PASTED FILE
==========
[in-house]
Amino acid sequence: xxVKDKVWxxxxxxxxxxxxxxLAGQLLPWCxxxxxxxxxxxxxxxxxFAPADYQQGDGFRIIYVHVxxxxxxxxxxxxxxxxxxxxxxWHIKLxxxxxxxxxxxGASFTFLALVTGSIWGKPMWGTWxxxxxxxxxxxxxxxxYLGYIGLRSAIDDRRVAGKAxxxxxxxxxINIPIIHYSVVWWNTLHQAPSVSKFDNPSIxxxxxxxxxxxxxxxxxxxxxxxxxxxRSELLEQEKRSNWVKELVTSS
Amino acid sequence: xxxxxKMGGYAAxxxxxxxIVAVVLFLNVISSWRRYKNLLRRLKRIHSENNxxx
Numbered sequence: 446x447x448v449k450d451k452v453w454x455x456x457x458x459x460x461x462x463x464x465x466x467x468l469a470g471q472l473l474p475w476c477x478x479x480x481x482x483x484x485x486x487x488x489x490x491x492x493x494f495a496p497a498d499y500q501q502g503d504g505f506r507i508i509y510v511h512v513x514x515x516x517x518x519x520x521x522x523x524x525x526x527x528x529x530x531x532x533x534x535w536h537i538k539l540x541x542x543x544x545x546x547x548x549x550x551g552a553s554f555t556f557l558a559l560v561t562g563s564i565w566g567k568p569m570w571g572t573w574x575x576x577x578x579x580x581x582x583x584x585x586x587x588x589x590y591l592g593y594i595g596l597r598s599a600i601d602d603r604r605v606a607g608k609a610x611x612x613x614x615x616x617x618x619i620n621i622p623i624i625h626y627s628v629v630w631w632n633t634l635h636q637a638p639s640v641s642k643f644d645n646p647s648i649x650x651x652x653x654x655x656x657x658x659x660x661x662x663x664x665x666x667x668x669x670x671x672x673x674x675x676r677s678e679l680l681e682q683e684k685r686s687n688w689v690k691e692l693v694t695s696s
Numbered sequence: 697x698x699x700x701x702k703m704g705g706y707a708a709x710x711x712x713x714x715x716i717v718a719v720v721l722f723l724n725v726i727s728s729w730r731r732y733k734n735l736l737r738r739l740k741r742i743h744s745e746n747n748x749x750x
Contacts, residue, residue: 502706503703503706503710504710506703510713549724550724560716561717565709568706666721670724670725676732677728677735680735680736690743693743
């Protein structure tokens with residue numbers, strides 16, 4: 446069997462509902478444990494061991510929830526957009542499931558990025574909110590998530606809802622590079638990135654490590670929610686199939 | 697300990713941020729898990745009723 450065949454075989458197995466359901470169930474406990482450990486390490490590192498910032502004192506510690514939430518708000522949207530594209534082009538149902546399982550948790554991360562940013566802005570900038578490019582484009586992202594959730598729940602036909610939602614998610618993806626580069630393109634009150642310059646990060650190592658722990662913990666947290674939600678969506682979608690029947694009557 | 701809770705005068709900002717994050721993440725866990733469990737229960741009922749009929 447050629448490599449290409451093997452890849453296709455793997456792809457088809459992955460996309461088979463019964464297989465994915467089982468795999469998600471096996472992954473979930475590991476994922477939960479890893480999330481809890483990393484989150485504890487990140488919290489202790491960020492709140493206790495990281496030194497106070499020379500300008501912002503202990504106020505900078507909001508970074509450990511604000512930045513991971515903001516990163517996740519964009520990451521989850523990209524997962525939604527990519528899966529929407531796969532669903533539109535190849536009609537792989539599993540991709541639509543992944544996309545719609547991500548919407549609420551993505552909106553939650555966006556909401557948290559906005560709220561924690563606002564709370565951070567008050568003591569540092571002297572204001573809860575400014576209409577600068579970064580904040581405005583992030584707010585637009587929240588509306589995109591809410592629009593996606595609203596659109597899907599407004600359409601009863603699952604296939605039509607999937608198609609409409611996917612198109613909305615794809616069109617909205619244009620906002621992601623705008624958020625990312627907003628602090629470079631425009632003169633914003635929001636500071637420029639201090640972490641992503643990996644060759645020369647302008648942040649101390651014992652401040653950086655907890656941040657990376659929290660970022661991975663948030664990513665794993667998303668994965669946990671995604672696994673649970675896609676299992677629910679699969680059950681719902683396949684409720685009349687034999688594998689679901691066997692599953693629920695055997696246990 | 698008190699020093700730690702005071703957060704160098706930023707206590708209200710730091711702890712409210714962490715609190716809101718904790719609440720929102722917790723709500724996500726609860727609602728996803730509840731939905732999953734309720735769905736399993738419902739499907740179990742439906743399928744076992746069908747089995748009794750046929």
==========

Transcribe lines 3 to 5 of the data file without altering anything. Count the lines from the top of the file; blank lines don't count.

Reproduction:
Amino acid sequence: xxxxxKMGGYAAxxxxxxxIVAVVLFLNVISSWRRYKNLLRRLKRIHSENNxxx
Numbered sequence: 446x447x448v449k450d451k452v453w454x455x456x457x458x459x460x461x462x463x464x465x466x467x468l469a470g471q472l473l474p475w476c477x478x479x480x481x482x483x484x485x486x487x488x489x490x491x492x493x494f495a496p497a498d499y500q501q502g503d504g505f506r507i508i509y510v511h512v513x514x515x516x517x518x519x520x521x522x523x524x525x526x527x528x529x530x531x532x533x534x535w536h537i538k539l540x541x542x543x544x545x546x547x548x549x550x551g552a553s554f555t556f557l558a559l560v561t562g563s564i565w566g567k568p569m570w571g572t573w574x575x576x577x578x579x580x581x582x583x584x585x586x587x588x589x590y591l592g593y594i595g596l597r598s599a600i601d602d603r604r605v606a607g608k609a610x611x612x613x614x615x616x617x618x619i620n621i622p623i624i625h626y627s628v629v630w631w632n633t634l635h636q637a638p639s640v641s642k643f644d645n646p647s648i649x650x651x652x653x654x655x656x657x658x659x660x661x662x663x664x665x666x667x668x669x670x671x672x673x674x675x676r677s678e679l680l681e682q683e684k685r686s687n688w689v690k691e692l693v694t695s696s
Numbered sequence: 697x698x699x700x701x702k703m704g705g706y707a708a709x710x711x712x713x714x715x716i717v718a719v720v721l722f723l724n725v726i727s728s729w730r731r732y733k734n735l736l737r738r739l740k741r742i743h744s745e746n747n748x749x750x